I think we can all agree that Christmas is the best time of the year, hands down. From all the presents, the catchy carols, and time with family, there are so many parts of Christmas that make it so special. One of these many delightful aspects are the classic Christmas treats that we all know and love. Christmas is a time of indulgence, and is it really the holidays if you can’t suck on a candy cane, sip on hot cocoa, or admire the engineering wizardry of gingerbread houses? Although everyone is well acquainted with quintessential Christmas treats, have you ever wondered where they come from? Well that's where I come in, and today we’ll be going over the history of these three iconic Christmas sweets. 

Candy Canes

With their red and white colors and peppermint taste, nothing screams Christmas more than candy canes. Peppermint is a practically inescapable flavor during the holidays, and is injected into every sweet like peppermint bark, peppermint lattes, cookies, and much more. A cross between spearmint and water mint, peppermint has seen a medical use since the beginning of western civilization as we know it. Ancient Egyptian medical records trace it all the way back to 1500 BC, and it is believed to originate in Africa or the Mediterranean. It got its name from an ancient Greek myth where Hades turned his mistress Minthe into a sweet plant so others may experience her sweet love. Later, the Romans would use peppermint during celebrations as flavoring for lavish feasts, decoration on festive tables, and they would even weave them into crowns to be worn on festive occasions. Peppermints' rise as a holiday flavor is generally unknown, but its Roman celebratory use may have morphed into the peppermint Christmas frenzy we know today.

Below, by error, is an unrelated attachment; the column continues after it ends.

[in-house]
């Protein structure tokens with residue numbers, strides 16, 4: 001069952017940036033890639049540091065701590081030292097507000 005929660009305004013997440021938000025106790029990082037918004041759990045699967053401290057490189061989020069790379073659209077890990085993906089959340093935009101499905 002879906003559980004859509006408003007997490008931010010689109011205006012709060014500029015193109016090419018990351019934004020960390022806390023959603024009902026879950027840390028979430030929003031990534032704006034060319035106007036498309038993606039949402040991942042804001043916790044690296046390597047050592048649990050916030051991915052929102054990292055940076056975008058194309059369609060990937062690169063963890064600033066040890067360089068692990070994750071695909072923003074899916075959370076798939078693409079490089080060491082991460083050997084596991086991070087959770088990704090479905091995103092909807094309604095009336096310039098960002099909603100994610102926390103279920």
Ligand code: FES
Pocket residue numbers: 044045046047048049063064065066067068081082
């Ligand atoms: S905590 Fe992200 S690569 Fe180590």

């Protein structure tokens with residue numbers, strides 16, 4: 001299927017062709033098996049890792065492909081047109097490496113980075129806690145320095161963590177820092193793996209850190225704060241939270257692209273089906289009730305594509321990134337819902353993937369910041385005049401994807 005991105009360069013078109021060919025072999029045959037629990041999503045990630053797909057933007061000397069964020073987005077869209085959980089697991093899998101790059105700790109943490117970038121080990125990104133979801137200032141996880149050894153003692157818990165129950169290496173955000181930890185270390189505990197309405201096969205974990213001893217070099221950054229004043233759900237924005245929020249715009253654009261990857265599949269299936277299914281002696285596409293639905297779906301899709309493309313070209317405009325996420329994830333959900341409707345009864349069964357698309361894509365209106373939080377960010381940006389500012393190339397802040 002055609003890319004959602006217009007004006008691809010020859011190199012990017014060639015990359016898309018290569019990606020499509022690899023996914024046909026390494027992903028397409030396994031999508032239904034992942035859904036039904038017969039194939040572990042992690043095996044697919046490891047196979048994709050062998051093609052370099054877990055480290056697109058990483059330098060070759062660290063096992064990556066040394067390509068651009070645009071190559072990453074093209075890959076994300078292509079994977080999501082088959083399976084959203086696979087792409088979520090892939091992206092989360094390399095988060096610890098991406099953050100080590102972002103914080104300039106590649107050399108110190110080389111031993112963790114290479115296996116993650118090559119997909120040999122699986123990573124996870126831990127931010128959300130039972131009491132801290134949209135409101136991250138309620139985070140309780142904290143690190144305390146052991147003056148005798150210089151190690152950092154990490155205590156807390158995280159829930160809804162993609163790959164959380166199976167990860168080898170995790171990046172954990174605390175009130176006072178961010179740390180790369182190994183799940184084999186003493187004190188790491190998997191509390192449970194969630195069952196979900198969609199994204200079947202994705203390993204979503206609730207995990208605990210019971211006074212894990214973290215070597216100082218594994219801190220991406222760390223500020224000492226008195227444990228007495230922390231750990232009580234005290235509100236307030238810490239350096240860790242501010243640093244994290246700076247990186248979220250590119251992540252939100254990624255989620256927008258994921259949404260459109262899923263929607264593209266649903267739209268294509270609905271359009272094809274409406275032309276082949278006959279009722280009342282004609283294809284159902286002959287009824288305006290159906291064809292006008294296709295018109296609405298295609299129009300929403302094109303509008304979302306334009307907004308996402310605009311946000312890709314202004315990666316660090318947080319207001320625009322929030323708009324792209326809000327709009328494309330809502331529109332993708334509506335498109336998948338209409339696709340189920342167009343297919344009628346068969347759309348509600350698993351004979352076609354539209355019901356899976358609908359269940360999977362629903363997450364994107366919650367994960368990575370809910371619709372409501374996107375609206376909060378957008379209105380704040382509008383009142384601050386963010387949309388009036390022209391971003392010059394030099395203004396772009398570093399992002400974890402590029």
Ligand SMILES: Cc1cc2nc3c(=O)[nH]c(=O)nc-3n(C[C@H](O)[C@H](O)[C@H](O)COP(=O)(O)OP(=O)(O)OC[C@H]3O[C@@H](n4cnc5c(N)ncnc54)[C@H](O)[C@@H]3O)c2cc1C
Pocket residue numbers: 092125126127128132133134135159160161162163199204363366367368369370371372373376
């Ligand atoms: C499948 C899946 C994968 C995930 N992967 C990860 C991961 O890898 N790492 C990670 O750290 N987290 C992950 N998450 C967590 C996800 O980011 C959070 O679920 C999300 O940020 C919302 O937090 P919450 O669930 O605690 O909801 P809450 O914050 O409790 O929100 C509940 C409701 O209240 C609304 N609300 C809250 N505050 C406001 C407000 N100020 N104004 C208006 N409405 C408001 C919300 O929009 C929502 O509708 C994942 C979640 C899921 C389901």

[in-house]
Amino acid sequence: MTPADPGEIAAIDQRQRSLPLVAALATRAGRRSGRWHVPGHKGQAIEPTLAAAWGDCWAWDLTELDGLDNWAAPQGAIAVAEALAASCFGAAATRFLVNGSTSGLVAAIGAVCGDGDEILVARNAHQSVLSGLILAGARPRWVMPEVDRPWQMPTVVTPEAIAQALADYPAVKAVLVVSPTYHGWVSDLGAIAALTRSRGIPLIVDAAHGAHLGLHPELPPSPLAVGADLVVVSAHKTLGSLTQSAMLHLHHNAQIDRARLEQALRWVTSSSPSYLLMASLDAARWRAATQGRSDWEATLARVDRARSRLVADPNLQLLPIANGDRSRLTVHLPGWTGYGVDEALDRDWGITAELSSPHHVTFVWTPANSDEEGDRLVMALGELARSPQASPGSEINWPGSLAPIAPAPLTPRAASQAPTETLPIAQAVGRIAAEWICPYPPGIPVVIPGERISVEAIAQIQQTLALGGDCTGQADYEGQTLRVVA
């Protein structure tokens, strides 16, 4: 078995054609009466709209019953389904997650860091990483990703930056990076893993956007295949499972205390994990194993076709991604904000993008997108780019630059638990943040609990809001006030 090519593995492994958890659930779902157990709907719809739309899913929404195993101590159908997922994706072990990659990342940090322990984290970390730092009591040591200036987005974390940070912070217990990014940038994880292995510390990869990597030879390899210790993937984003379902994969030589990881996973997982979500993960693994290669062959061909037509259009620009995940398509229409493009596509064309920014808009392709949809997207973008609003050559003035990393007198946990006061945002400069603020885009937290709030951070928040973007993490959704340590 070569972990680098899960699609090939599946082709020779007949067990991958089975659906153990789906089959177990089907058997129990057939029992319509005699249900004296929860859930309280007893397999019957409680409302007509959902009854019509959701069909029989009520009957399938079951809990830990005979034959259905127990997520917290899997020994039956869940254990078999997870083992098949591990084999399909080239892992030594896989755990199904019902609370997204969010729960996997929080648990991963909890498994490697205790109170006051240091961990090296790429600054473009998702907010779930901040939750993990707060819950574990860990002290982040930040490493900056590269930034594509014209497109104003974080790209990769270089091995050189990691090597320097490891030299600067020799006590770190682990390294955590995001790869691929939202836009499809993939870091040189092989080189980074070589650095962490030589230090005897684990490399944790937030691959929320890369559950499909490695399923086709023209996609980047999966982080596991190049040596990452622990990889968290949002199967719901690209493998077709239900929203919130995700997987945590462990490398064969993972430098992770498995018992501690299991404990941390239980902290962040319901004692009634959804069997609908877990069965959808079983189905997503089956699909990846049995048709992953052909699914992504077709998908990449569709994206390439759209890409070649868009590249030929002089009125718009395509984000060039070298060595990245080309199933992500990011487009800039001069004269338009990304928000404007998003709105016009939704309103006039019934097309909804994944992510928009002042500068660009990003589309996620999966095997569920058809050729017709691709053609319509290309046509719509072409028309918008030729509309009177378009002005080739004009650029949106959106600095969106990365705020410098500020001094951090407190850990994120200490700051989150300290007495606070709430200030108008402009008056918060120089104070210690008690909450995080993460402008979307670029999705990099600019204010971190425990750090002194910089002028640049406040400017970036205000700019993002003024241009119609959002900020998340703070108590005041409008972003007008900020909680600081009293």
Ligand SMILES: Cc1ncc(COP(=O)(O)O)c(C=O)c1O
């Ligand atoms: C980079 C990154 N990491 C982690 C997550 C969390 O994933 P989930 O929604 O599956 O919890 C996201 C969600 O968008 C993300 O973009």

Much later, the candy cane emerged in Germany during the 17th century, but its exact origin is unknown. One tale says that a choirmaster gave his young singers sugar sticks to keep them quiet during church, but bent them into a shepherd's crook to be a symbol fit for a Christian setting. On the other (more boring) hand, the sugar sticks were probably bent so Germans could hang them on trees or other ledges during the holidays. The candy was introduced to the US in 1847 by a Swedish German immigrant, August Imgard, who decorated a tree with the treat. This new sweet was first solely white, but it gained its red and white swirl when it was mass produced and advertisements spread these distinctively Christmas colors. This history from Egypt to now transformed the humble mint plant into the Christmas staple that is the classic candy cane.

Gingerbread Houses

Nothing is more exciting than building a house fully made of candy inhabited by tiny cookie people, but how did this tradition of gingerbread engineering emerge? The defining flavoring, ginger, originates from China, and it was spread to Europe via the silk road. Ginger was a popular spice for flavoring and herbal remedies, and by the late Middle Ages Europe had developed their own gingerbread recipe. Gingerbread cookies shaped like royals and animals decorated with gold were popular confections in European fairs. These human shaped cookies are the original, much more elaborate, form of the contemporary gingerbread men. These fairs came to be known as “Gingerbread Fairs”, and the shape of the cookies would change based on the season. This festive use slowly morphed into gingerbread’s Christmas association we know today.